Common to perhaps all styles of cabinetry is the continued popularity of glazed finishes. One reason for the trend is that glazing often enhances the appearance of color, adding depth and richness to the wood. Helping spur the popularity of glazes is their custom, almost furniture-like appeal, versus a mass-produced finish.
With regards to finish, another trend still going strong is the use of two-toned painted cabinets. Instead of a solid bank of cabinets, consumers are mixing and matching finishes, as well as species, to achieve a more aesthetically appealing, relaxed look that mimics the rest of the home. "Blending finishes, styles and materials gives a vintage feel to this eclectic look," says Connie Edwards, CKD, CBD and director of design for Shenandoah Cabinetry, American Woodmark Corp.
And although white continues to be a popular, neutral color, maples and cherry--particularly those with glazed finishes--continue to rank high. Along with natural oaks, quarter-sawn white oak seems to be a new hot trend. In the past year, more and more cabinet manufacturers prominently featured this species in their showroom displays; not just in a customary Arts-and-Crafts or Mission style setting, but often in an updated, modern style.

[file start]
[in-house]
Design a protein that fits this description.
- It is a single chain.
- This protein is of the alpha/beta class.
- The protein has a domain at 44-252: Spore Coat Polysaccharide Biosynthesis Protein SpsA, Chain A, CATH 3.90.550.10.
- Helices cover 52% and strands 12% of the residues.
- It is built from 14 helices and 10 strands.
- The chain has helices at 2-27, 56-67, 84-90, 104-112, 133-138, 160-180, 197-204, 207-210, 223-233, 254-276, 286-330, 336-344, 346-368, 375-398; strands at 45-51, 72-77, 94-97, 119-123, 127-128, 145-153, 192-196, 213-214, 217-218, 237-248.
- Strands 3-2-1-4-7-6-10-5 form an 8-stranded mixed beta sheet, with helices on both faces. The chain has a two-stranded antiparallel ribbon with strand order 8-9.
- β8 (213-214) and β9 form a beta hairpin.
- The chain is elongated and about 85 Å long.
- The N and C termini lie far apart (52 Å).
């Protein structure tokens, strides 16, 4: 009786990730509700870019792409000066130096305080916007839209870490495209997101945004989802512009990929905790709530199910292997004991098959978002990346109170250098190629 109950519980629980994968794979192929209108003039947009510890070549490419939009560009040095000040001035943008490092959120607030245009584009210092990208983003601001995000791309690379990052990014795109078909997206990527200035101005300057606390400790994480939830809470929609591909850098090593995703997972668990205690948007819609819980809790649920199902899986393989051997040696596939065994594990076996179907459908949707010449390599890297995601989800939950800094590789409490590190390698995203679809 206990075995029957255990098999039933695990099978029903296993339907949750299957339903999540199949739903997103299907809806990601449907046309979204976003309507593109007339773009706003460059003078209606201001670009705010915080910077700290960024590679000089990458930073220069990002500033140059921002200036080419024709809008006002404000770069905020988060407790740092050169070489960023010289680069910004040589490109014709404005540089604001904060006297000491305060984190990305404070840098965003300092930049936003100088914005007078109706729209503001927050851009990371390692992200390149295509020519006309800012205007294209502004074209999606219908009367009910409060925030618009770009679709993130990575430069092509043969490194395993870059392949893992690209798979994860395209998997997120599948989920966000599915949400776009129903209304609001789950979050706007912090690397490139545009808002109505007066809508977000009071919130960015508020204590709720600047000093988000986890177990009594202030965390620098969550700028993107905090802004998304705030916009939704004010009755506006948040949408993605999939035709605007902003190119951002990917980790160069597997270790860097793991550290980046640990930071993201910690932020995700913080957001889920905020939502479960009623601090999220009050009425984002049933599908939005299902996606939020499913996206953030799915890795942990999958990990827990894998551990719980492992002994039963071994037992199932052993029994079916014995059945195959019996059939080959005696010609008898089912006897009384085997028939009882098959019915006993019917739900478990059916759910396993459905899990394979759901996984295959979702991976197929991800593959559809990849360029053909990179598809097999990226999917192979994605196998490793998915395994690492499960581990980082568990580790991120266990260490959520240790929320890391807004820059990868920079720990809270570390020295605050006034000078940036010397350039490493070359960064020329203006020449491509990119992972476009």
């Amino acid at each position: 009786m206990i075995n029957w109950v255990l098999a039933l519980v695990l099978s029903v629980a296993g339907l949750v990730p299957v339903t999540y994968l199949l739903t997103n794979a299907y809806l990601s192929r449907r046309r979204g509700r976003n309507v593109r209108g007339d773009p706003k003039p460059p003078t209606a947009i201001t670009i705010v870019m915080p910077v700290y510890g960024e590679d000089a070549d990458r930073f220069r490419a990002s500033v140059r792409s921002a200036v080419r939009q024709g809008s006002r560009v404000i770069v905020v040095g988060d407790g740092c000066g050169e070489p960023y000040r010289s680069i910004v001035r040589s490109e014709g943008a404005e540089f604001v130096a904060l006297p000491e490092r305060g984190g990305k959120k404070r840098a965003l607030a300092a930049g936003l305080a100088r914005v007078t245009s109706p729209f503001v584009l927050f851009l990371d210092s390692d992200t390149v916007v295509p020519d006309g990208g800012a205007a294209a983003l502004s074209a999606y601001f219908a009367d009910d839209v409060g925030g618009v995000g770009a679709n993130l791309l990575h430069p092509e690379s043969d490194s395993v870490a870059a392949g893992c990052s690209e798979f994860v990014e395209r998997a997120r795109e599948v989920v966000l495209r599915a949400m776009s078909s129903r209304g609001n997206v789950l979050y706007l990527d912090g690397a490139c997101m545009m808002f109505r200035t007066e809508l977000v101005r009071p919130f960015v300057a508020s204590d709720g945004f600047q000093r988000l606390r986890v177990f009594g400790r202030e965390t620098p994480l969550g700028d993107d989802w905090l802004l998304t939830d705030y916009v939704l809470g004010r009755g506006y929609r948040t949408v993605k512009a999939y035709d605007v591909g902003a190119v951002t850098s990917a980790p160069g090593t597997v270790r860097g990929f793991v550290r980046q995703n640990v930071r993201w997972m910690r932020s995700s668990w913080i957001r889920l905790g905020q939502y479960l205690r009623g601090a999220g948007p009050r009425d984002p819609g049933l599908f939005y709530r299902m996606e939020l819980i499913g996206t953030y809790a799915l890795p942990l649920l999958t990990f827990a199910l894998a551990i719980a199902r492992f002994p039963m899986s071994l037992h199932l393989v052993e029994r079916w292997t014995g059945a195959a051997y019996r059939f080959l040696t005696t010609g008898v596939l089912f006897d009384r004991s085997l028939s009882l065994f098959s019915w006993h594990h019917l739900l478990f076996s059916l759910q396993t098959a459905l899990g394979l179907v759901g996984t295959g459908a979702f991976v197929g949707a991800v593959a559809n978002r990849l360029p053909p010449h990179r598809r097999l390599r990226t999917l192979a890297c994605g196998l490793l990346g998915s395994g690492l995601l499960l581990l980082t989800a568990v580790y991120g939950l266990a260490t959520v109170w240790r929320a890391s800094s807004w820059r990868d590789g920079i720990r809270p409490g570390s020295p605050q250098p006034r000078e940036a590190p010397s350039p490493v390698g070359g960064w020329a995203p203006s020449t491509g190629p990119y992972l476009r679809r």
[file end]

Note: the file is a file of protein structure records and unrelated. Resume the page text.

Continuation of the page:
For the kitchen, the Decora survey says, colors in warm earth tones, ranging from deep browns to mossy greens, are the hot colors of today, stealing market share from the traditional palettes of deep blues, yellows and bright reds. White on white, or with a color contrast, also is popular in the marketplace.
Options are not only abundant for the decorative outside of cabinets, but also for the inside. New solutions to maximize interior space and functionality continue to be introduced. Particularly popular are pullouts as well as two-tiered drawers, with smaller pullouts behind a single-drawer front.
TRADITIONAL STAYS TRUE
Traditional is considered by many to be the most popular style of kitchen design. This style is characterized by crown mouldings, architectural details, and rich colors, typically in dark or honey tones. The Wood species most commonly associated with this style tends to be oak. Other perennial favorite styles include:
Country: characterized by a rustic, weathered look, oftentimes in earth tones or muted colors. Baskets, bricks and beams may be used in the decorating of the kitchen itself.
Southwestern: think desert--tan and warm orange, with a touch of blue and green in the mix. Terra cotta is usually part of the decorating scheme, along with wood, ceramic tiles and other natural materials.
Victorian: old, dark and Gothic--in a pleasing sort of way. Cabinets tend to be dark wood, with chrome hardware and accents. The kitchen itself also may feature elaborately trimmed mouldings and sconces for lighting, all in very neutral or dark colors.
Modern: constantly changing, this style may be characterized by sleek lines one year, ornate the next. Most recently, the modern look has encompassed stainless steel and two-tone finishes, often in contrasting colors.
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|Publication:||Wood & Wood Products|
|Date:||Feb 1, 2007|